It’s about time that October is here- yes, the time when the biggest drawing challenge of the year kicks in.
Since, it is focused more on practicing, let’s make the practice involved in #Inktober2020 a little fun by experimenting with different ideas.
However, before delving into the experimental ideas, let me answer the basics about Inktober for the ones who are not familiar with this challenge.
Let’s get started!
What is Inktober?
Inktober is an annual drawing challenge created by Jake Parker which is held every October for the purpose of encouraging artists to build a habit of drawing daily and improving their skills.
Every year a list of prompts is released and the idea is to draw something based on that list. However, people are free to follow any other list or create one of their own. If you’re going to follow the official list, make sure that you’re using the hashtags #inktober and #inktober2020 to get noticed.
Here is the list of official prompts for #inktober2020:
Doesn’t the idea of participating in a challenge along with a ginormous community of artists sound exciting? It sure does. And improving on your skills along the way is in reality a cherry on the top.
Choosing the medium
Traditional is typically the first preference of artists heading over to participate in this challenge. Although the challenge has now extended over to Digital art as well, you will still find the hashtag flooded with traditional inking.
If you think traditional art is the way to go, you might want to invest in some good supplies, including (but not limited to):
Oh yes, we are already here. If you’ve been working with the digital medium for a while now then drawing on paper everyday might seem like a challenge. However, Digital Inking is a skill on its own and since the challenge is all about practicing, you are free to practice and improve on the skill of you preference.
In case you have decided to opt for this particular medium, you can make use of the following softwares which are really good for inking:
- Adobe Draw (available on tablets and mobile devices)
- Adobe Illustrator (available on PC)
- Autodesk Sketchbook (available on PC, tablets and mobile devices)
- Procreate (available on iPad)
Choosing the supplies
Traditional Inking Supplies
Sketchpads and Journals
This depends on the choice of paper that you’re going to use. However, plain paper is thin and will most likely bleed. Sketchpads with paper over 120 gsm are the ones suitable for inking.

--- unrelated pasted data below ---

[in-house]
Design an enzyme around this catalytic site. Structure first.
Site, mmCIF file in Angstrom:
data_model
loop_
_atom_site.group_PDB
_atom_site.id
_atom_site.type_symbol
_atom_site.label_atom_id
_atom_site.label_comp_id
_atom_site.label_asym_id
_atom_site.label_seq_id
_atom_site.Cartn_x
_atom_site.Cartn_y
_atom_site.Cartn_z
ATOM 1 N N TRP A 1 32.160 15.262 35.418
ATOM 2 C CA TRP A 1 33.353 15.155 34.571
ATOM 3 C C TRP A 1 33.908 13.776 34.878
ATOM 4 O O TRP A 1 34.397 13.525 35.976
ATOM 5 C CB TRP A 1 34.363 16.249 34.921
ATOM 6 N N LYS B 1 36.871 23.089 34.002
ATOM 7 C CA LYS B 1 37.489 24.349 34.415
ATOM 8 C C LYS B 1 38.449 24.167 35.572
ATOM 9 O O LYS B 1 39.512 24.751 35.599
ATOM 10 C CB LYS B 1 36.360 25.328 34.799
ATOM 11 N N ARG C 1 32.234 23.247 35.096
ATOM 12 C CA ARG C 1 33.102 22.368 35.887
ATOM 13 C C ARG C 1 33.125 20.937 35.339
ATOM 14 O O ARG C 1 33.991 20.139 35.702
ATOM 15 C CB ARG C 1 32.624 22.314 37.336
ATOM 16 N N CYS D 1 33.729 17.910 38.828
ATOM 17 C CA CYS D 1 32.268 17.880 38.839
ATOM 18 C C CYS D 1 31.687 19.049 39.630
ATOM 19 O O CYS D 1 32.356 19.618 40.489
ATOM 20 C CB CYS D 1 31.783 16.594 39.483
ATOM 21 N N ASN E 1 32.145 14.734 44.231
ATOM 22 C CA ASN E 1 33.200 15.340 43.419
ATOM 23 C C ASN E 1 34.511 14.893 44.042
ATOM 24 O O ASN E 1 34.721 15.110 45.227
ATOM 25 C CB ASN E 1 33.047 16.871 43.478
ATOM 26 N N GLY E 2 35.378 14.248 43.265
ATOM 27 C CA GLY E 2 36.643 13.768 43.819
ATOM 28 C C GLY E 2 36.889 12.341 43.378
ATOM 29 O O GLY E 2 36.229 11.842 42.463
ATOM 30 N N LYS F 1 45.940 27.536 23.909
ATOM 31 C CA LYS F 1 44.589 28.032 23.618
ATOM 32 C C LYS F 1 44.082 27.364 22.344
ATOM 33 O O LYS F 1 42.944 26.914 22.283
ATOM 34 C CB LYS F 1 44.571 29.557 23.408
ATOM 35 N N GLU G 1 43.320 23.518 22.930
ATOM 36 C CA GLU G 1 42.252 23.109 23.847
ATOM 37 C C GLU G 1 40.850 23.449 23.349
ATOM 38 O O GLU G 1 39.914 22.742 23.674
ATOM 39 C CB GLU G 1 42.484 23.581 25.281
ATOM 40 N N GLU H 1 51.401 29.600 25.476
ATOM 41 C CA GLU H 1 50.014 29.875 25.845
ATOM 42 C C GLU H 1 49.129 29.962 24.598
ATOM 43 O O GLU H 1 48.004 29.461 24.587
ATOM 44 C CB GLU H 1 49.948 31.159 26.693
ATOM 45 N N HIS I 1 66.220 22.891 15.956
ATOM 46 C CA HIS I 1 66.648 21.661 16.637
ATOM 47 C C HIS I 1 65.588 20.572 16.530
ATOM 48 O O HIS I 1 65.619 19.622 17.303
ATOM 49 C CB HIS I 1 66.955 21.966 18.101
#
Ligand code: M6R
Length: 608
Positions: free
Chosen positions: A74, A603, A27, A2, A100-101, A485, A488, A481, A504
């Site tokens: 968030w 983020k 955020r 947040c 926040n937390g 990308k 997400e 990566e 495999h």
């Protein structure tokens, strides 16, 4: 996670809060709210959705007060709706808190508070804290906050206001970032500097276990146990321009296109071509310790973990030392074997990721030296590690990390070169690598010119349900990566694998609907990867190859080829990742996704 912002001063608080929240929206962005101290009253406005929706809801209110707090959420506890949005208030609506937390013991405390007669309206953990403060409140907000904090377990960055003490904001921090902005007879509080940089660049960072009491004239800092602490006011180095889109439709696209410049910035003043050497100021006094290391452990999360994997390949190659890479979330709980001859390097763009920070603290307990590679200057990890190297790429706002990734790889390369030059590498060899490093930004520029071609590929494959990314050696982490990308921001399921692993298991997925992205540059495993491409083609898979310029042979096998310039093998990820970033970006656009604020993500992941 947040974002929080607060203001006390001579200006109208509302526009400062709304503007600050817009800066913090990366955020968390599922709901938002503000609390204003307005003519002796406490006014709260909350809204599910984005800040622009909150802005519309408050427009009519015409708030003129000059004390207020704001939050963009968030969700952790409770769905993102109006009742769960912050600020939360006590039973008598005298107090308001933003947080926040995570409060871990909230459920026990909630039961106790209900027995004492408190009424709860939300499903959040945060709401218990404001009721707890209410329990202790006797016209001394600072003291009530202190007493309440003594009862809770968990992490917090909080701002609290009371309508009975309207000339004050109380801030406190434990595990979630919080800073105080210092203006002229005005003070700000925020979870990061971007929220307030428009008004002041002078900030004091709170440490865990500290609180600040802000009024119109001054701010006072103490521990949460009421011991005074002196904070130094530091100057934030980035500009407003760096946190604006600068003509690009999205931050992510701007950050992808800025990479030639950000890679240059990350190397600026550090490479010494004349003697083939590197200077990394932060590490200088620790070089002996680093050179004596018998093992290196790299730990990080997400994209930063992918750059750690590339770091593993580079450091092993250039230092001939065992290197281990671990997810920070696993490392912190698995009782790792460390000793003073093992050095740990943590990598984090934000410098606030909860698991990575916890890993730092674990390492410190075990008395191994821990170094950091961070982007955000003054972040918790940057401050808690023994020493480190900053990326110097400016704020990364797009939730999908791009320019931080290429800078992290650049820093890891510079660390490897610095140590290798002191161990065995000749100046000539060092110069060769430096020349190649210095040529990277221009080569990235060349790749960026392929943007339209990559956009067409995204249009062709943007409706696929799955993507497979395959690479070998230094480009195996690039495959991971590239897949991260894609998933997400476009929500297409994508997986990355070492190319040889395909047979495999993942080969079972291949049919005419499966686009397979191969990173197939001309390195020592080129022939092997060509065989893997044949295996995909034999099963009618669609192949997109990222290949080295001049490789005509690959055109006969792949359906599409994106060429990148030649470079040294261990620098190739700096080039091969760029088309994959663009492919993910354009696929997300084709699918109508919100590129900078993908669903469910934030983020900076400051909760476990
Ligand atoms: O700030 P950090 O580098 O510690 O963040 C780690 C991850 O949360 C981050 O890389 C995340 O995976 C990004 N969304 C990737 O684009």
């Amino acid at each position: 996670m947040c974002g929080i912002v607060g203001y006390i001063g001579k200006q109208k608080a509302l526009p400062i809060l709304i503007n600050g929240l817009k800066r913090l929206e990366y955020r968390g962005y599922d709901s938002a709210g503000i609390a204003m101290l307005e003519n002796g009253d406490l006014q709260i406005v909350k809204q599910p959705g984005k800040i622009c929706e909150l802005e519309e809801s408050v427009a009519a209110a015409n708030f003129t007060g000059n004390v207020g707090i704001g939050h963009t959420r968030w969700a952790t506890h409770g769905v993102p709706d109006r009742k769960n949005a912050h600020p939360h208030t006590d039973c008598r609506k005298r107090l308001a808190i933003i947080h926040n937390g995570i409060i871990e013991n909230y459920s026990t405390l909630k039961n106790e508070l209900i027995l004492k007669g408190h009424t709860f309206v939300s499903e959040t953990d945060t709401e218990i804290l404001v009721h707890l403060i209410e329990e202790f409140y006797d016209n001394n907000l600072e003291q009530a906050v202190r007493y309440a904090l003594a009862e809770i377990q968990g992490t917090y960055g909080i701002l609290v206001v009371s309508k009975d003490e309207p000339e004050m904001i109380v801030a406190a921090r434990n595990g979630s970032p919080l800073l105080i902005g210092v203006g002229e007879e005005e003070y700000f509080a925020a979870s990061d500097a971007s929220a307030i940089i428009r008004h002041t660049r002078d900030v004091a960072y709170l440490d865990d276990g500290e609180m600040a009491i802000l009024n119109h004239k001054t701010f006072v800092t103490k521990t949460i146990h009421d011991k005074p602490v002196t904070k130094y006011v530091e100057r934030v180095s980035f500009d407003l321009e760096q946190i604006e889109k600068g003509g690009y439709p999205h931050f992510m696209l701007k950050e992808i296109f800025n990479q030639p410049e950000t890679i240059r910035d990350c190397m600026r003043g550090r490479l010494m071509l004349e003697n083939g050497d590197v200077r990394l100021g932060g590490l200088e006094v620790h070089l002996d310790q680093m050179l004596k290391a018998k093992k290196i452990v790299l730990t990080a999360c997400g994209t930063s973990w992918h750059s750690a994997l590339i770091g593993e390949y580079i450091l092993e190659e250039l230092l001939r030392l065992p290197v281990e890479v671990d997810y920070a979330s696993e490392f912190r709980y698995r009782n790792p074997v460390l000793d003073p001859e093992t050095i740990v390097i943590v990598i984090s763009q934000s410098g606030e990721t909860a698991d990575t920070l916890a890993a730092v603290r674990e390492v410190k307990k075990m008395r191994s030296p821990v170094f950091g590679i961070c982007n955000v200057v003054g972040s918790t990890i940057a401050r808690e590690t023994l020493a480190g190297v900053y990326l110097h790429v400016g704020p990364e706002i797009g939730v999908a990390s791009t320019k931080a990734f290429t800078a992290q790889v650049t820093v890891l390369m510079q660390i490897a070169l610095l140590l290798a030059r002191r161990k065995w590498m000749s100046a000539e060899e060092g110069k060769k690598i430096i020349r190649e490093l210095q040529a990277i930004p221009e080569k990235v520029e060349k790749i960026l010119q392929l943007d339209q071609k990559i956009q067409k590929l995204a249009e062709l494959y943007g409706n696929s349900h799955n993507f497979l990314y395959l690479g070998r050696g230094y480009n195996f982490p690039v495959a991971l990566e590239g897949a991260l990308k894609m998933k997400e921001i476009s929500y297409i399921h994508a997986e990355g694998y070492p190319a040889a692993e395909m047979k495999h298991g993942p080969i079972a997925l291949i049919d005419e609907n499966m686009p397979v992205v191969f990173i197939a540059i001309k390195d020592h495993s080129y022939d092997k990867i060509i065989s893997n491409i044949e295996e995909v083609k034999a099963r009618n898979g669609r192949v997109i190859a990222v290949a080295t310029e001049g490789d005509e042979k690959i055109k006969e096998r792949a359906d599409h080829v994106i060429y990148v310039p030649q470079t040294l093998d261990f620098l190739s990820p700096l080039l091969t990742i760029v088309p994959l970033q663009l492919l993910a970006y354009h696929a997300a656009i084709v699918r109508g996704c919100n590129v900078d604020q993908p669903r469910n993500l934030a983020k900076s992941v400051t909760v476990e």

The Moleskine Art Plus Sketchbook is a great choice with paper that is 165gsm, it can easily withstand heavy ink and markers.
Another one is the 90 lb journal from Strathmore, meant for mixed media. It’s one of the best out there.
Brushpens and Markers
For Inking, you’re most likely going to need black pens and markers. Apart from that, if you’re looking for adding a bit of tint, you can make use of some shades of grey.
Inks and Brushes
The best inks are generally the dark tinted Indian inks. The ink from Winsor & Newton is one of the best. Again, for brushes, you can opt the same brand or go with any other alternatives which are available locally.
It’s never a bad idea to add some highlight to your drawings. One of the best pens is the Signo from Uniball. It’s my absolute favorite and also the one I use whenever I color with sketches or markers.
The other one is Uni Posca Extra Fine Marker.
If you’re planning to get on board with digital inking, you either need a PC and Drawing Board Combo or a Tablet with a stylus.
For a pen tablet, a good option is the Wacom Intuos This is the one that I am currently using and it is the most affordable option if you’re a beginner digital artist.
In case you think you cannot do without a screen and are able to shell out a couple more dollars, Cintiq 16 is the one to opt for. With 8192 pressure levels and tilt recognition, it truly is one of the best at its price (and also the next in my Display Pen Tablet wishlist).
If you’d rather have something other than the Wacom Products, the XP-Pen Artist22E Pro is the new monster in town with 8192 pressure levels.